Oliver Twist, in the musical film where the song ‘food, glorious food’ comes from, imagines eating all sorts of amazing foods. The lyrics themselves mention hot sausage & mustard, cold jelly and custard, pease pudding, saveloys, steak, peaches and cream. I love that song but there is a twist in it for me, if you’ll excuse the pun, that I also dream of eating certain foods. My dream of course isn’t thwarted by evil workhouse masters, but it is still thwarted, by a variety of Crohn’s disease that is controlled by a rather restricted diet.
There are around forty or so different foods that I cannot eat. Some spices, loads of fruits, some vegetables, a whole list of E-numbers and various other common foodstuffs and additives. And among them are included berries, nutmeg and cinnamon.
So, on the theme of ‘food, glorious food’, lets imagine your average 3-course Christmas lunch, of the sort that your employer or social club or whoever invites you to. Starter – pate with melba toast & salad. Main course – roast turkey with stuffing, cranberry sauce and all the trimmings. Desert – Christmas pudding (what else). Afters – coffee and a mince pie. Sounds delicious, doesn’t it?
Only, I couldn’t have the salad because of tomatoes, spinach leaves and rocket leaves. And probably couldn’t have the pate as it’d almost certainly contain nutmeg. I couldn’t have the cranberry sauce because of the cranberries, nor could I have the sage out of the stuffing, which means if the turkey was roasted with the stuffing I couldn’t have any meat that touched the stuffing either. Nor could I have the gravy as I’ve never found a gravy mix yet that doesn’t contain either tomatoes or soya. I couldn’t have the Christmas pudding as I can’t have cinnamon, or raisins, or sultanas, or currants and I couldn’t have the mince pie either for the same reason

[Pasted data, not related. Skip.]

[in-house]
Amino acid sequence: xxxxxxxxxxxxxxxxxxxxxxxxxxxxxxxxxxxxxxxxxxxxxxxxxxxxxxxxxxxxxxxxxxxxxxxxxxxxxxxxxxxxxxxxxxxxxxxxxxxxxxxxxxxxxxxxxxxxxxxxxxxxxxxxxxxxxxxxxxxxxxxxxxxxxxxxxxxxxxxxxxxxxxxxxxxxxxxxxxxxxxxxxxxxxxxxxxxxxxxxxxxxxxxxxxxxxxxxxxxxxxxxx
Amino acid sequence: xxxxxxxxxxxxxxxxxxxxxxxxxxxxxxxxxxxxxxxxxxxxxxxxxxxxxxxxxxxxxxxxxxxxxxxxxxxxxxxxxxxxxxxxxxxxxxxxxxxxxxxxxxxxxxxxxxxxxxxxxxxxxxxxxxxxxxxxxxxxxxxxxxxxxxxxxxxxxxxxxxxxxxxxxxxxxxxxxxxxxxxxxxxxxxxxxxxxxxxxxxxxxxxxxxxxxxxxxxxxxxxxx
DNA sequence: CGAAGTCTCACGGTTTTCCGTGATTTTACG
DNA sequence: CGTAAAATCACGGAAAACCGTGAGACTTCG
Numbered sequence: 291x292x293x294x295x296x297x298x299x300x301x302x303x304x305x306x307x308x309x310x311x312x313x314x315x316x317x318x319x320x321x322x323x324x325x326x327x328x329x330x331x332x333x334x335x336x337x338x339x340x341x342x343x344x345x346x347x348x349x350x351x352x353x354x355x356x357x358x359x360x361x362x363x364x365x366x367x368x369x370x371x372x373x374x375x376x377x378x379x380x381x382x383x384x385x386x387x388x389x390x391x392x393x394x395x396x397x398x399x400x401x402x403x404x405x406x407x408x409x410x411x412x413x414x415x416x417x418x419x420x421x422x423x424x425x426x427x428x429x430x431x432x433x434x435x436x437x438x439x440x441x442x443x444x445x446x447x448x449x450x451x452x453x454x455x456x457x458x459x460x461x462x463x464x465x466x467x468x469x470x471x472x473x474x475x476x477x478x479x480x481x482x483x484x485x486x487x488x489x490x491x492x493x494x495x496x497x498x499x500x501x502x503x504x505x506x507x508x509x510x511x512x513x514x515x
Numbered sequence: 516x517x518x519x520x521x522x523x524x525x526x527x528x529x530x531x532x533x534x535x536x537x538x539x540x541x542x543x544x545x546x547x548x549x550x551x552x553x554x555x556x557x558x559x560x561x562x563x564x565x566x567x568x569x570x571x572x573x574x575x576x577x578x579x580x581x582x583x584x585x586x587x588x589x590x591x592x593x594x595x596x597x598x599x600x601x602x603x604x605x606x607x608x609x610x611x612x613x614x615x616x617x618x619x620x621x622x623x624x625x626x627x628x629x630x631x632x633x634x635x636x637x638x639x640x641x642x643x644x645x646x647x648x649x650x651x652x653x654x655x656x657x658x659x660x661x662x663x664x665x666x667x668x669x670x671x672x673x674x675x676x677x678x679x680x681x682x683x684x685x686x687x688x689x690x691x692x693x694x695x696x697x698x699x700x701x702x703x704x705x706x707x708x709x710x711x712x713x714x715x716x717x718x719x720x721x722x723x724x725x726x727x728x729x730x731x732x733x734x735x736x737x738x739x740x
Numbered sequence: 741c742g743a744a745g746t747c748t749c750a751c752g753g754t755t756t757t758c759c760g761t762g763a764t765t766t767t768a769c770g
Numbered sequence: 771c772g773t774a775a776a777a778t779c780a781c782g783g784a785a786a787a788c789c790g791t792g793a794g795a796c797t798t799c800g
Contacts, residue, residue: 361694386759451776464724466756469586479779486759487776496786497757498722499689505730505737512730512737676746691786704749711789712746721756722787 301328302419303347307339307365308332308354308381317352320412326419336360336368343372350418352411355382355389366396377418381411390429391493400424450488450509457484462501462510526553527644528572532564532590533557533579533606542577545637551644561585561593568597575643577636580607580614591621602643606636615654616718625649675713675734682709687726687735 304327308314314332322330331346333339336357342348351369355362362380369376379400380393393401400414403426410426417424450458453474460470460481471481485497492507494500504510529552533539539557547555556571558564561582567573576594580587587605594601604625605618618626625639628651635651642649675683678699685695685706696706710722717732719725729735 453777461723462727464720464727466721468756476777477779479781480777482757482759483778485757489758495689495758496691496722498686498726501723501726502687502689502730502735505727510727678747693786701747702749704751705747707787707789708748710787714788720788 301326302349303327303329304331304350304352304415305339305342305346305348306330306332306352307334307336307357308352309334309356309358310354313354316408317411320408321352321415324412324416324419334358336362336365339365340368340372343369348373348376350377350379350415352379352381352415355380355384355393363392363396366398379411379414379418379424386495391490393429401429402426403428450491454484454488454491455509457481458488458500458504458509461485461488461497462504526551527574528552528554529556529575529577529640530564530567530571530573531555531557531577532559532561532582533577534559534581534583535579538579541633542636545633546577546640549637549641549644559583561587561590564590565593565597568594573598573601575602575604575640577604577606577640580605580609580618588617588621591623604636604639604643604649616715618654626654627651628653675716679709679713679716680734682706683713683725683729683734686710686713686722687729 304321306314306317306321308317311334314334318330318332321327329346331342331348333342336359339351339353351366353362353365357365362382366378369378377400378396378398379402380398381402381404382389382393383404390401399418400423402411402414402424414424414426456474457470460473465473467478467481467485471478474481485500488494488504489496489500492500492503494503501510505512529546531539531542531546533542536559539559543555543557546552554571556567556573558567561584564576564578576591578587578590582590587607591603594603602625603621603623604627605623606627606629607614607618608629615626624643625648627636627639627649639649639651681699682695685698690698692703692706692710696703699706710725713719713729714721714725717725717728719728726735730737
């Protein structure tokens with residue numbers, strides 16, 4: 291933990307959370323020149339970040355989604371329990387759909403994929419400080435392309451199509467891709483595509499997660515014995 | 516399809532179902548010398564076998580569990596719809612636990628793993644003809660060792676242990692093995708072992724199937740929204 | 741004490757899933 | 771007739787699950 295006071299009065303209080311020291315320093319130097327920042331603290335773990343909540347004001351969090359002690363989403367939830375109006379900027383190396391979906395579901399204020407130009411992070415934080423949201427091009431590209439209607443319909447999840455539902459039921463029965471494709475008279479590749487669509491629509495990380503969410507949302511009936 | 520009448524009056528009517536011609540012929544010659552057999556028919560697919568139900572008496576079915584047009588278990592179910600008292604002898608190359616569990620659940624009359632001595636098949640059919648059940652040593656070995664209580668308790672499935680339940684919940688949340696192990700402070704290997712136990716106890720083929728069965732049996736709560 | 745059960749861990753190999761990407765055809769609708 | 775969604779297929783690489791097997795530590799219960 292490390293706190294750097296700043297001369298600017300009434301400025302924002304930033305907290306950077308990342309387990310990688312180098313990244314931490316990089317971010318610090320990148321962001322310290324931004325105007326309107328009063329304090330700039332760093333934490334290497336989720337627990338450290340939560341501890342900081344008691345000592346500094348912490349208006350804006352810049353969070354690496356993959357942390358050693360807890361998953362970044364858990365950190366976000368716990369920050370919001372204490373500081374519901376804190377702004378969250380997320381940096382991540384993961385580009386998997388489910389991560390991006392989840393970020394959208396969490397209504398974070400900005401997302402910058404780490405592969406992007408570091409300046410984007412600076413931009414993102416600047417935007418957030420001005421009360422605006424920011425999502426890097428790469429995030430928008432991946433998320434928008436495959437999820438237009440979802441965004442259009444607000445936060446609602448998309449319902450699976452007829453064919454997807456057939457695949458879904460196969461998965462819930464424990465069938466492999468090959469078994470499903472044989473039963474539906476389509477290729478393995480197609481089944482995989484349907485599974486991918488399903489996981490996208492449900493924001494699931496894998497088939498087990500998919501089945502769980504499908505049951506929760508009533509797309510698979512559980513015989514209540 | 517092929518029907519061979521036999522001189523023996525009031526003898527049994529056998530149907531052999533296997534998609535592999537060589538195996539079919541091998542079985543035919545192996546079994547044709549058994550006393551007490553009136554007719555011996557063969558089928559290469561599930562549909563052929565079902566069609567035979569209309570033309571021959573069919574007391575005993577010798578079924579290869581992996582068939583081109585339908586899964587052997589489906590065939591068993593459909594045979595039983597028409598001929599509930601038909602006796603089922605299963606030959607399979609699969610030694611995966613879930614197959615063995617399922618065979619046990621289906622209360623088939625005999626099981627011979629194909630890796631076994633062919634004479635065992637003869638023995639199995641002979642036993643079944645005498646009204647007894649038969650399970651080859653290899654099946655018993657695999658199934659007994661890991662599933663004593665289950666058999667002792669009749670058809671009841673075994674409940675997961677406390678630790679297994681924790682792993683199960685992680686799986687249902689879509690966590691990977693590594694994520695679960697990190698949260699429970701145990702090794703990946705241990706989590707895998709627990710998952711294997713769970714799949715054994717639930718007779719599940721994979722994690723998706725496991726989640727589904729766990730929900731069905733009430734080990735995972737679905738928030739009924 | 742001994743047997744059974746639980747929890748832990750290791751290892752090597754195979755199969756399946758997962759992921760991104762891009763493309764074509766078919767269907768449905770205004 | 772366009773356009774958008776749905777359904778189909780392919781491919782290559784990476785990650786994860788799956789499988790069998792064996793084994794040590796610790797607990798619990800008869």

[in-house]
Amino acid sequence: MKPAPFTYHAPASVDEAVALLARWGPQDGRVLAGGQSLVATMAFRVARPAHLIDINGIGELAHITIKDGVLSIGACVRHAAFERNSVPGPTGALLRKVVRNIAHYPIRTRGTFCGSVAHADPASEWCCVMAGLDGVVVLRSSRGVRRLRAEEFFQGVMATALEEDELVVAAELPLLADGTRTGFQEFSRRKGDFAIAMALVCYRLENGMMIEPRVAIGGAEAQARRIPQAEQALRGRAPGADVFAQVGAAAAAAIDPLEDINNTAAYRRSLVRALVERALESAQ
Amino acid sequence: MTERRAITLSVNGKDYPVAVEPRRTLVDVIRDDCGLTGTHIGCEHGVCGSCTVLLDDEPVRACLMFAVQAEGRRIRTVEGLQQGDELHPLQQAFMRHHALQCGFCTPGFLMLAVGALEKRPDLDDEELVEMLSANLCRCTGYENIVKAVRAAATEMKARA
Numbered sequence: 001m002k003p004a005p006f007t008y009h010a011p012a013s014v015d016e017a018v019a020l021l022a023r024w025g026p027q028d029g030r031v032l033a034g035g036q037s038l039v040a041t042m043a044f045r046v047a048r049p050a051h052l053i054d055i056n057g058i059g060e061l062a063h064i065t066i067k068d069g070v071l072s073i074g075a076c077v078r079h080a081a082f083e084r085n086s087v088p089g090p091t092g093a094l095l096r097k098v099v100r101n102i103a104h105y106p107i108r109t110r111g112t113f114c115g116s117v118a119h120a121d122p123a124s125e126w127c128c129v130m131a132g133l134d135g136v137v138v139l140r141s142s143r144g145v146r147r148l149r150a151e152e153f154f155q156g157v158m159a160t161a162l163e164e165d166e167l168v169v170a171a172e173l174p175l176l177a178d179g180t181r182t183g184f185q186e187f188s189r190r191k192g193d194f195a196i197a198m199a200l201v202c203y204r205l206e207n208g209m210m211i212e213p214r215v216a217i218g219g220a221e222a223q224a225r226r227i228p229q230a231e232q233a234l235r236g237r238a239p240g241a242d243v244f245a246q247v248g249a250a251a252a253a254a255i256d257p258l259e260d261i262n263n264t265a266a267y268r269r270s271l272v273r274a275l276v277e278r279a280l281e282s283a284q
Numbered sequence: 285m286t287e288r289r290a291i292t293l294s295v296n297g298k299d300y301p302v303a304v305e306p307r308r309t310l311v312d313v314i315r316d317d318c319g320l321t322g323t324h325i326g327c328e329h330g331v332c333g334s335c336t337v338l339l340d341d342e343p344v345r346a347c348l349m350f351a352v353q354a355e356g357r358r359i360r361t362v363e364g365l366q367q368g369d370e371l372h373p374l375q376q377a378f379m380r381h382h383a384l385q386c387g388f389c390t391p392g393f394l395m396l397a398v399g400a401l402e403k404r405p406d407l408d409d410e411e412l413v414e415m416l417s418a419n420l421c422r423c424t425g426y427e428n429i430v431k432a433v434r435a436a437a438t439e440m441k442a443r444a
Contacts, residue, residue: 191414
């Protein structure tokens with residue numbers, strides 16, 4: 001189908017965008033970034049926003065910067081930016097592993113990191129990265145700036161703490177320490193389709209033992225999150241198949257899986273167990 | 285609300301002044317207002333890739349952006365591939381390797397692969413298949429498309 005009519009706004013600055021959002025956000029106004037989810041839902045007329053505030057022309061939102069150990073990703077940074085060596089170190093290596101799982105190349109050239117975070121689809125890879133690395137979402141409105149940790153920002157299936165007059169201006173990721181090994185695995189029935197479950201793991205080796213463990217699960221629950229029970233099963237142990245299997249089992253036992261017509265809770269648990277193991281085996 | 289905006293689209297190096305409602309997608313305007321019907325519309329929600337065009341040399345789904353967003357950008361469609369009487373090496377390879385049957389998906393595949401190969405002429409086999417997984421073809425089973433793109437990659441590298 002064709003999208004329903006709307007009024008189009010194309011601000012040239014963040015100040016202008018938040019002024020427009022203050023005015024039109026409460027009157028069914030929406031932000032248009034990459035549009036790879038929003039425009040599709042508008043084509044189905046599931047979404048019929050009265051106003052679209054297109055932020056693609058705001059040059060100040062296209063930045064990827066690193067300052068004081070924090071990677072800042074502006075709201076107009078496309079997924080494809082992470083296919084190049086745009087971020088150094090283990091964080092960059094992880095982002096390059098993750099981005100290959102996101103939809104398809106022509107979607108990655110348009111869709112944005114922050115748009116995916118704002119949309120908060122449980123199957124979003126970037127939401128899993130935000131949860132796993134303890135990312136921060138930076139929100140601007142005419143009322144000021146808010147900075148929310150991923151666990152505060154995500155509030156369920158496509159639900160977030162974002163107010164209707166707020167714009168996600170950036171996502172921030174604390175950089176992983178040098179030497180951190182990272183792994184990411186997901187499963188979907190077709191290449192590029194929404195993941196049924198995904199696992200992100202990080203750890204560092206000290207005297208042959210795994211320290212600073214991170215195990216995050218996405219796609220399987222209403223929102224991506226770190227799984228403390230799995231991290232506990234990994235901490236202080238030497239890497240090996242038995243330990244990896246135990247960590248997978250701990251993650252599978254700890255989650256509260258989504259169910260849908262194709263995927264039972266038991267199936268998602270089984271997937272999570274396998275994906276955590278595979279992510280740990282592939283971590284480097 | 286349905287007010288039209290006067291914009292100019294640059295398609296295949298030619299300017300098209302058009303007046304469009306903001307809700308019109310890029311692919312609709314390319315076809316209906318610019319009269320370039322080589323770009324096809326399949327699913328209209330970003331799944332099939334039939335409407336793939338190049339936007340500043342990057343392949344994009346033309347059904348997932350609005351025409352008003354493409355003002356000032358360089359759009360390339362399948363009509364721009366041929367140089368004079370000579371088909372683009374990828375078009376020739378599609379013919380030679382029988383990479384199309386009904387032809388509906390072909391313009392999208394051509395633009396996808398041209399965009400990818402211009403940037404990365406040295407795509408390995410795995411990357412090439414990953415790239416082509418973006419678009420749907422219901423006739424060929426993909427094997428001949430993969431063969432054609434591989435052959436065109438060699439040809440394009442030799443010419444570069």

I’m fed up. I’m totally fed up of “Christmas” food. Or at least that’s what I’d like to be able to say. The truth is that I miss it. There’s a reason I’ve spent rather a lot of time and a few pounds more money than we could really afford in order to work out how to make myself a safe Christmas cake, Christmas pudding, and sweet mince for mince pies. There’s a reason that suddenly cooking is my primary hobby. I miss the foods I cannot have.
What I’m actually fed up of is having this blasted illness. I have tried to pretend I don’t have it but all that happens is that I get a swollen, ulcerated mouth, severe digestive problems, sudden exhaustion and a really foul temper. The symptoms vary in severity but what they have resulted in is making me mistrustful of anyone else’s cooking except for mine and my family’s, nervous of going to restaurants or cafes for anything more than a cup of tea, reluctant to go and eat with groups of people who I don’t know (even if I’ve phoned ahead and spoken to the chef about my diet) and generally antisocial in any situation that involves food.
Food, glorious food? I bl**dy wish.